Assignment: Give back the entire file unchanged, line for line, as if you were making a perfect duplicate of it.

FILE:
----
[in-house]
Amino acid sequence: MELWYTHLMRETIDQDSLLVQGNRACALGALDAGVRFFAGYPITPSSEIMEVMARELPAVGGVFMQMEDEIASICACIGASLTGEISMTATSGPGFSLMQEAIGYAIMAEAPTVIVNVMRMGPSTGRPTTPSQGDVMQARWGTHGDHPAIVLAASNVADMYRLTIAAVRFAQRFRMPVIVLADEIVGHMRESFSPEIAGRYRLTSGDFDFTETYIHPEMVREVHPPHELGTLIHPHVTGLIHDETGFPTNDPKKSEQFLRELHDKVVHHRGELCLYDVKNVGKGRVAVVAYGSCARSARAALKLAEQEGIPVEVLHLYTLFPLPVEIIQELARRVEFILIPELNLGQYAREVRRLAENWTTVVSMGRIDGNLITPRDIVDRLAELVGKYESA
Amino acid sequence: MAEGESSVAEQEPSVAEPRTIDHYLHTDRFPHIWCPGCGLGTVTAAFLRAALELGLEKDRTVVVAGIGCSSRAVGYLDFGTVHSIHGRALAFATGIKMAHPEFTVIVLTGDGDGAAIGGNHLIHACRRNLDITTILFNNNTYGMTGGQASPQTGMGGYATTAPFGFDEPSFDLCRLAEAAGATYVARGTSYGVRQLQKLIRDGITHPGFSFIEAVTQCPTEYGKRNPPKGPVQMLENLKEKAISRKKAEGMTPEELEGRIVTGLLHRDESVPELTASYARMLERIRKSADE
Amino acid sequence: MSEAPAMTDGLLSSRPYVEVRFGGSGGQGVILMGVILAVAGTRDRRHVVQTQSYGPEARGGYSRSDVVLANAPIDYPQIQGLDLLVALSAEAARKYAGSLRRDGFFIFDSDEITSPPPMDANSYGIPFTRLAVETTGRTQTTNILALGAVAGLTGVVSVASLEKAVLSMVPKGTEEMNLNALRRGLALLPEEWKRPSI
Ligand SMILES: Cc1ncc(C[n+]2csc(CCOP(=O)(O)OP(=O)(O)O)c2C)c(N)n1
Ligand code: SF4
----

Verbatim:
[in-house]
Amino acid sequence: MELWYTHLMRETIDQDSLLVQGNRACALGALDAGVRFFAGYPITPSSEIMEVMARELPAVGGVFMQMEDEIASICACIGASLTGEISMTATSGPGFSLMQEAIGYAIMAEAPTVIVNVMRMGPSTGRPTTPSQGDVMQARWGTHGDHPAIVLAASNVADMYRLTIAAVRFAQRFRMPVIVLADEIVGHMRESFSPEIAGRYRLTSGDFDFTETYIHPEMVREVHPPHELGTLIHPHVTGLIHDETGFPTNDPKKSEQFLRELHDKVVHHRGELCLYDVKNVGKGRVAVVAYGSCARSARAALKLAEQEGIPVEVLHLYTLFPLPVEIIQELARRVEFILIPELNLGQYAREVRRLAENWTTVVSMGRIDGNLITPRDIVDRLAELVGKYESA
Amino acid sequence: MAEGESSVAEQEPSVAEPRTIDHYLHTDRFPHIWCPGCGLGTVTAAFLRAALELGLEKDRTVVVAGIGCSSRAVGYLDFGTVHSIHGRALAFATGIKMAHPEFTVIVLTGDGDGAAIGGNHLIHACRRNLDITTILFNNNTYGMTGGQASPQTGMGGYATTAPFGFDEPSFDLCRLAEAAGATYVARGTSYGVRQLQKLIRDGITHPGFSFIEAVTQCPTEYGKRNPPKGPVQMLENLKEKAISRKKAEGMTPEELEGRIVTGLLHRDESVPELTASYARMLERIRKSADE
Amino acid sequence: MSEAPAMTDGLLSSRPYVEVRFGGSGGQGVILMGVILAVAGTRDRRHVVQTQSYGPEARGGYSRSDVVLANAPIDYPQIQGLDLLVALSAEAARKYAGSLRRDGFFIFDSDEITSPPPMDANSYGIPFTRLAVETTGRTQTTNILALGAVAGLTGVVSVASLEKAVLSMVPKGTEEMNLNALRRGLALLPEEWKRPSI
Ligand SMILES: Cc1ncc(C[n+]2csc(CCOP(=O)(O)OP(=O)(O)O)c2C)c(N)n1
Ligand code: SF4